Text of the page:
Interference pauses Hanakapi‘ai bridge project

HANAKAPI‘AI — The state has temporarily suspended a bridge-building project over the Hanakapi‘ai Stream on Kaua‘i’s North Shore because people have been undoing the work that’s being done, according to a press release from the state Department of Land and Natural Resources.

The project to put a pedestrian bridge over the stream started in 2014, when members of the DLNR Division of State Parks met with Kaua‘i Fire Department officials to discuss safety along the stream after a rescue of 121 flood-stranded people that April.

In a news release about the project’s temporary suspension, DLNR said the number of aerial rescue operations and the history of flood fatalities compelled KFD to request DSP to pursue not only a pedestrian bridge but other safety enhancements to the area as well.

“Complex rescue operations in bad weather conditions jeopardize the safety of residents, visitors and our first responders,” DLNR staff said in the release.

According to Kaua‘i Fire Battalion Chief Jason Ornellas, dozens of people have drowned in the Hanakapi‘ai Valley over the years, and “KFD personnel have numerous stories — myself included — on the precarious positions we put ourselves in whenever we perform rescues in this area.”

The bridge, according to state officials, is meant to reduce the risk of need for rescues in that area. It’s also part of an effort to “create a modern safety feature integrated into a natural and cultural environment,” the release said. Those opposing the bridge project say it will only make access to the often-dangerous Napali Coast State Wilderness Park easier for inexperienced hikers, and suggest the bridge will result in the need for more rescues (see a letter to the editor, A6).

After the meeting with the fire department in 2014, DSP staff initiated a series of actions that included finding funding, planning efforts, meetings and permitting, that readied the bridge project.

Due to the 2018 floods, the project was put on hold in favor of addressing Ha‘ena State Park flood repairs and master-plan improvements.

Then, on Dec. 10, 2019, final bridge approval was granted within the county Special Mangement Area via a public hearing before the Planning Commission. The project was strongly supported by the county, including testimony from the Mayor’s Office and the acting fire chief. Bridge construction activities began last month.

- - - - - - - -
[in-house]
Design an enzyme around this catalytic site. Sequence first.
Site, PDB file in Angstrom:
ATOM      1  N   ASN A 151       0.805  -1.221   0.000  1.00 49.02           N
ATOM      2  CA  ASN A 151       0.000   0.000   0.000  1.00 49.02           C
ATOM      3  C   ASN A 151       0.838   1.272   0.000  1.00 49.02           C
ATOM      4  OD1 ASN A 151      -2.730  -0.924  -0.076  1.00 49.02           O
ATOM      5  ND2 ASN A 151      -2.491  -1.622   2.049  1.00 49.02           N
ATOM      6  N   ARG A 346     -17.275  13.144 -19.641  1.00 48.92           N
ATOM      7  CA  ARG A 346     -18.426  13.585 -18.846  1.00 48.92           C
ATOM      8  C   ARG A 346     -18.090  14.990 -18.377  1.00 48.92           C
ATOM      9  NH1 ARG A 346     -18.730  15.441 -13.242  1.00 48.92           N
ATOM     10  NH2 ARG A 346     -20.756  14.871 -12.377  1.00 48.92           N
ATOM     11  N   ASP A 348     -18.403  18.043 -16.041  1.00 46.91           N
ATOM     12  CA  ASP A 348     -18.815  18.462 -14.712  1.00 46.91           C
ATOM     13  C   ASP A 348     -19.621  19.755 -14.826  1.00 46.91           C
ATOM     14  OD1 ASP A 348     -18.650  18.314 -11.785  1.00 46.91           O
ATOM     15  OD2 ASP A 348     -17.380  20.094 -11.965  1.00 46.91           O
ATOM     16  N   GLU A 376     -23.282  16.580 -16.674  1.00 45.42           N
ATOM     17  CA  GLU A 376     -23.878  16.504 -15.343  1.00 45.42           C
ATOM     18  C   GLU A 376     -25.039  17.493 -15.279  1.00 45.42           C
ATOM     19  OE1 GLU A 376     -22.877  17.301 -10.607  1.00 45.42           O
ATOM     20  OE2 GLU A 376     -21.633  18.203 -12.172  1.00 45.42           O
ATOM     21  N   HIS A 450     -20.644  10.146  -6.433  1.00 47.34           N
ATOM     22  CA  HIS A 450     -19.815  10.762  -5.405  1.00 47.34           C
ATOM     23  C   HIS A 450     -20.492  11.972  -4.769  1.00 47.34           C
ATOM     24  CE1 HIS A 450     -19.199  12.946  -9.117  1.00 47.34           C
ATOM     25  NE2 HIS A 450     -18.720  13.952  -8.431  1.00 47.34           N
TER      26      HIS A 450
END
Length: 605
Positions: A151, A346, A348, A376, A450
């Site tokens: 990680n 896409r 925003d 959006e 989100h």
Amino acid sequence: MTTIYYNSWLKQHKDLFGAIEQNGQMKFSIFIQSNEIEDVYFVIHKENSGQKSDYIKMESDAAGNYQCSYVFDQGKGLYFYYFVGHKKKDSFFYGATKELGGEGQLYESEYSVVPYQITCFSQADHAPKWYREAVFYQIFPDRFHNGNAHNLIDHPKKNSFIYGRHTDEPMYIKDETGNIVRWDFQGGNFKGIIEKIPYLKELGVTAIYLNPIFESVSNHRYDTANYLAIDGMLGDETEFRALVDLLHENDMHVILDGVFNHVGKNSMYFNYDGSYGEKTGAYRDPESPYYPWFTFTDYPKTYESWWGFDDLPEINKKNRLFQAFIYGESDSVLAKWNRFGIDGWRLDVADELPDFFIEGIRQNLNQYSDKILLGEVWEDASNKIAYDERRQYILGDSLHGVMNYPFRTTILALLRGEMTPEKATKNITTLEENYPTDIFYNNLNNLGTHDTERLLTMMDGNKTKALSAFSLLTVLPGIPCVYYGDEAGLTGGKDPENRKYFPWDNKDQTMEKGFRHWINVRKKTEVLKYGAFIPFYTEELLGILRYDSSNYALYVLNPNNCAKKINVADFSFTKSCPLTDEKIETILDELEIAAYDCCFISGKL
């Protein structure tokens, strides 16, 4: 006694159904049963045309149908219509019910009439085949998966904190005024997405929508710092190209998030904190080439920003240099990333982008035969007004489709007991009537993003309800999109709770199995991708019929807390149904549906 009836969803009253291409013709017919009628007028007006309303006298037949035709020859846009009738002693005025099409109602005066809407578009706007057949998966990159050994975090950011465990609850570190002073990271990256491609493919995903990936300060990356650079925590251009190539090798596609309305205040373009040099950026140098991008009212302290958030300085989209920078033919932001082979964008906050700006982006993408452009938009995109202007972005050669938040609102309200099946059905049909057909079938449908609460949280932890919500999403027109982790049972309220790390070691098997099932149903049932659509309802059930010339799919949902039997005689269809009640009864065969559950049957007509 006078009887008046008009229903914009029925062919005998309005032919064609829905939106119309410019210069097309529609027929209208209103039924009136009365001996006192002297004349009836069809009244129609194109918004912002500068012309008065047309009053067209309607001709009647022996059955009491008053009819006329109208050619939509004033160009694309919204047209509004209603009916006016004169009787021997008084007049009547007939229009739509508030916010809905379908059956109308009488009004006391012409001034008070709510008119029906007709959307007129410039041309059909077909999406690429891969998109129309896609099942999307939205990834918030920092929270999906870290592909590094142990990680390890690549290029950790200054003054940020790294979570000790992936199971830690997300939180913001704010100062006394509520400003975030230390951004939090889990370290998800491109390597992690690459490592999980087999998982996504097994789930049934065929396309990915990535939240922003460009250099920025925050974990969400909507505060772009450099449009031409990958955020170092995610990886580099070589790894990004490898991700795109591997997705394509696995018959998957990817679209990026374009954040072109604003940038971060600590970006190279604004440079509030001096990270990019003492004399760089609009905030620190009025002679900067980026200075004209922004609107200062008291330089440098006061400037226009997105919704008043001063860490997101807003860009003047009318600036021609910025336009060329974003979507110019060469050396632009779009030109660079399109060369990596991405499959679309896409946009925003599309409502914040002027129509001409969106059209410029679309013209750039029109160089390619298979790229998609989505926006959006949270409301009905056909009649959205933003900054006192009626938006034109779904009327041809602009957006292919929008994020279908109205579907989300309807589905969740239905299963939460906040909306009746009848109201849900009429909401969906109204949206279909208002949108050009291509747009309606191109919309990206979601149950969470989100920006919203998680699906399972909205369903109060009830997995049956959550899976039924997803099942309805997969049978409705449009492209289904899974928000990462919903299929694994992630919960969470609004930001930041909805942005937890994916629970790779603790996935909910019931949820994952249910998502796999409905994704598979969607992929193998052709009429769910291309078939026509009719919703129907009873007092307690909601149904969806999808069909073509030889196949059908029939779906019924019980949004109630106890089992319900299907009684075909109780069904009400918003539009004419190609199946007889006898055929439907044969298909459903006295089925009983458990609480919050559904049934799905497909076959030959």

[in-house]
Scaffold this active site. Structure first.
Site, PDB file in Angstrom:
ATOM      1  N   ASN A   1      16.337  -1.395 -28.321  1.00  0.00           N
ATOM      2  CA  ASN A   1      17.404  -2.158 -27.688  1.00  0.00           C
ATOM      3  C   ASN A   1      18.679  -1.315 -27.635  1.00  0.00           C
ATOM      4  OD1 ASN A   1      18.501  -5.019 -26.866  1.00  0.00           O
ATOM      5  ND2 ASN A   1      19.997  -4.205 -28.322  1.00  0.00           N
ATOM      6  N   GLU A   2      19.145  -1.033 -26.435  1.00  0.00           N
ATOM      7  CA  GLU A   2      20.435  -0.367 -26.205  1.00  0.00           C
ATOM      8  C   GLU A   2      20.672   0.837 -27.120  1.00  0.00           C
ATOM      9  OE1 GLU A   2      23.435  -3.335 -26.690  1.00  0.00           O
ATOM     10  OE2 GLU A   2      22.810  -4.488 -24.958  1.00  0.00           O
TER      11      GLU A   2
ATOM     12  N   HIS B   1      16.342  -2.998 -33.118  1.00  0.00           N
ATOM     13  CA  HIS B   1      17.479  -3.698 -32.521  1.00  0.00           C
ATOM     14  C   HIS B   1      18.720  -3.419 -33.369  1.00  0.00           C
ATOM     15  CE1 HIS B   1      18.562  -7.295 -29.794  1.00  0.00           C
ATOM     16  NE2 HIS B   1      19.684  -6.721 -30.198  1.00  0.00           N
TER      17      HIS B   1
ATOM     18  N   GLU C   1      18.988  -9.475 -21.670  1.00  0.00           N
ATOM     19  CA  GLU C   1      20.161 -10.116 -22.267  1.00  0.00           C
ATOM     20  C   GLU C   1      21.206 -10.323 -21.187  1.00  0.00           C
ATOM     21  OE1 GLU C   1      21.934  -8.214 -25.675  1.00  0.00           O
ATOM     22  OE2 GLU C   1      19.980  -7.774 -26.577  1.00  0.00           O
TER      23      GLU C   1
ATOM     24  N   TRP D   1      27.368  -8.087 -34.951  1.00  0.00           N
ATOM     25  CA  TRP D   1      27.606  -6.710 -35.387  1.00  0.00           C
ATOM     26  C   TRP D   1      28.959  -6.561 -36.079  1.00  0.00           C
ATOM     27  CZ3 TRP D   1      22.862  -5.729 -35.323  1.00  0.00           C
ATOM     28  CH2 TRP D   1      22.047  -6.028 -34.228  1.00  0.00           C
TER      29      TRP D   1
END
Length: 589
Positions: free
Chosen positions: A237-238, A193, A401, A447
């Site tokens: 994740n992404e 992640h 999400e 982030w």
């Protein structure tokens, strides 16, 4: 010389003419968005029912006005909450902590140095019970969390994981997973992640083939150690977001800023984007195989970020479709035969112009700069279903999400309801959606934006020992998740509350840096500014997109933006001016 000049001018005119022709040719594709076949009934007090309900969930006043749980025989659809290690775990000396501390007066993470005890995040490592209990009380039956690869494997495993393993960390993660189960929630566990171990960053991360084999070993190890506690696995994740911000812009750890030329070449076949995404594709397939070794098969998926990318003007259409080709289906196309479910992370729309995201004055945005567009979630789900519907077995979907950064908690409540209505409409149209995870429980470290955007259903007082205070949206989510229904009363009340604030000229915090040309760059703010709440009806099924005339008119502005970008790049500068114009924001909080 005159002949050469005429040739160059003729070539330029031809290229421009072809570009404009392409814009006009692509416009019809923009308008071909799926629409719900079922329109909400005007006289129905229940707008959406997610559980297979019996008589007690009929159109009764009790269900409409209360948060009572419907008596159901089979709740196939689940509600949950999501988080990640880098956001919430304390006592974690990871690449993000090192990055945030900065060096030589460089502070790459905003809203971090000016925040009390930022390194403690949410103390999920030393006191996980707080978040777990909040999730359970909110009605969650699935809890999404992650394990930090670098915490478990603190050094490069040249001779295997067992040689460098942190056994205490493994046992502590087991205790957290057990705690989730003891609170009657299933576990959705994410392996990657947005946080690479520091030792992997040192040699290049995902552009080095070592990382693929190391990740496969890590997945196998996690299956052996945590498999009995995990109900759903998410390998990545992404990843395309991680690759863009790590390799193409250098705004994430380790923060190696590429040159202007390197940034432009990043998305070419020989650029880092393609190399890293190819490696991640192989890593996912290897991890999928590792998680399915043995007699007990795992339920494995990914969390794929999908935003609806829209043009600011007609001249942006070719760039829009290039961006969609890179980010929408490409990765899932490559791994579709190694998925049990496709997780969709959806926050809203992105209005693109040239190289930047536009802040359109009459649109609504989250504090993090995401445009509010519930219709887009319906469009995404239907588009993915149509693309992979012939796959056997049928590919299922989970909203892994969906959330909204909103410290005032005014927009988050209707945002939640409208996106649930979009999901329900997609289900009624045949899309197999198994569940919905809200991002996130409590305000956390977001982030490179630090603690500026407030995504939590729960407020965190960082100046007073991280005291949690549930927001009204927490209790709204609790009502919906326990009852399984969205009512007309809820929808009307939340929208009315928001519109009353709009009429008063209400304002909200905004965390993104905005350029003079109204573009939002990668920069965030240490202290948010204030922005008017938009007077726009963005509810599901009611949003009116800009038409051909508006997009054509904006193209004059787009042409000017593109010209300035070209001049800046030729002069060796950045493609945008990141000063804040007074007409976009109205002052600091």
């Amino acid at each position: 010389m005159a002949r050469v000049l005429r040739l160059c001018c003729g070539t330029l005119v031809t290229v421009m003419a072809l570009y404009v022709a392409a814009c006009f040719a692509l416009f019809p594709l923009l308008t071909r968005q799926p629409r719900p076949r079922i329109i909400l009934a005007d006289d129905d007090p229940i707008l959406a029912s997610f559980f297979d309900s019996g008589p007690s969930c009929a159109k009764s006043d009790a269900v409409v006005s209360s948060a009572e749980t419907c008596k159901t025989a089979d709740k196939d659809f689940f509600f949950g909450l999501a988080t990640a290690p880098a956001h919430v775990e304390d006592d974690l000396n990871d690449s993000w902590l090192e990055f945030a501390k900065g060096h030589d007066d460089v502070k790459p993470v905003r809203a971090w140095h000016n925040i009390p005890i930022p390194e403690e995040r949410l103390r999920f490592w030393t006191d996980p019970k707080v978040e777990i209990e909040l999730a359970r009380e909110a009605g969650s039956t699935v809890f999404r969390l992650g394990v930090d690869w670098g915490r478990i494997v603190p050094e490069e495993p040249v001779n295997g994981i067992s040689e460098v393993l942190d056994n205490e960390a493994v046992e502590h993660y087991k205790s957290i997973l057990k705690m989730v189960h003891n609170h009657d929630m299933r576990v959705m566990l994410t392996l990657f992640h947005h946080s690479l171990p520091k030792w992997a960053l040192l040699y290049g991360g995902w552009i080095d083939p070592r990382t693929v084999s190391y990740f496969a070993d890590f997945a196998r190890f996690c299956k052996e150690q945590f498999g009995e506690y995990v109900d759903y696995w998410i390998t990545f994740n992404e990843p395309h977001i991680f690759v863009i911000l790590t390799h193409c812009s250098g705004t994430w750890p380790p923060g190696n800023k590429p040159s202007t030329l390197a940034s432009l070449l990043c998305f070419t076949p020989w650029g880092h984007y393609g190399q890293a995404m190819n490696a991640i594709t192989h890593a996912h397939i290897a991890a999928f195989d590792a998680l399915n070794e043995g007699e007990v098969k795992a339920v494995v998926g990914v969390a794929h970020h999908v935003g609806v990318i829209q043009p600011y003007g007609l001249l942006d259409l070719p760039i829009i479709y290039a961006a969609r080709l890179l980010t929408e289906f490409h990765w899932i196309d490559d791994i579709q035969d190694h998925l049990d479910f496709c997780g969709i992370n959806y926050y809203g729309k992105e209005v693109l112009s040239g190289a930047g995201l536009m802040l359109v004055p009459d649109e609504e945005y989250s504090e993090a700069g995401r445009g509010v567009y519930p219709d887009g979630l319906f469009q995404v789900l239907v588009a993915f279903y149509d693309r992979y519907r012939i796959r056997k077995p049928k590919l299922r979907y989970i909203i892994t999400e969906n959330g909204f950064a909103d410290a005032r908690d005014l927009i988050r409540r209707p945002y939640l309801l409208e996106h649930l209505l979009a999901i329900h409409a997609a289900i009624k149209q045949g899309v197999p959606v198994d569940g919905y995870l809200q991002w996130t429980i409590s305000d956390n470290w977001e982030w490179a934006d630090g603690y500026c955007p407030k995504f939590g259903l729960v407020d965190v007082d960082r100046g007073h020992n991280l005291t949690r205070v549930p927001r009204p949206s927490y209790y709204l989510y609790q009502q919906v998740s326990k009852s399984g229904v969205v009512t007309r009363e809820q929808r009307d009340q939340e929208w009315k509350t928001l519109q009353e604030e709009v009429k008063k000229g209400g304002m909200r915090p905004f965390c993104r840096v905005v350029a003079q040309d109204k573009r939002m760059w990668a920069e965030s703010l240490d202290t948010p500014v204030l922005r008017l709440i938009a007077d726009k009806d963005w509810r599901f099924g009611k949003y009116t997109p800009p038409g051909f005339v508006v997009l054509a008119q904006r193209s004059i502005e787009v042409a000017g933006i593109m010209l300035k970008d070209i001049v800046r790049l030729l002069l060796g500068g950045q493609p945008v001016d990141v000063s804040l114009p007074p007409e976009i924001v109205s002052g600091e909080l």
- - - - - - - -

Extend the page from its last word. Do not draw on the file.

Then, on Aug. 10, progress was impeded, according to the release, when “several individuals disrupted and interfered with construction in a manner that jeopardized their safety and that of the contractor and helicopter pilot, when they occupied the designated landing zone.”

DLNR said currently there are reports that individuals are undoing the work initiated on the bridge footings and that, during the initial work on one of the footings, a large pohaku (stone) where a bridge footing will be located was significantly altered.

“This was a regrettable design error and is an acknowledged source of discontent,” DLNR staff said in the Thursday release.

Due to the interference and potential compromising of the footing work, DSP has halted the bridge work to provide an opportunity to discuss potential design changes.

Thursday, DLNR warned “absent understanding and agreement, further disruption will necessitate legal action.”

  1. Marie August 14, 2020 11:29 am Reply

    This is a place that a lot of rescues have needed to be done. You ‘re not going to stop people from hiking there. This has been going on for years. It’s everybody’s right to hike there. Most don’t turn around when they get to the river, they cross anyways. So having to rescue people who get caught on the other side endangers others and is a huge cost to us taxpayers. So help save lives and especially the lives and well being of our rescuers, and taxpayers money which could be better spent on our schools or other things that need funds for our island. So stop vandalizing and costing us all more money, let the bridge be built and the money be better spent somewhere else. And save lives.

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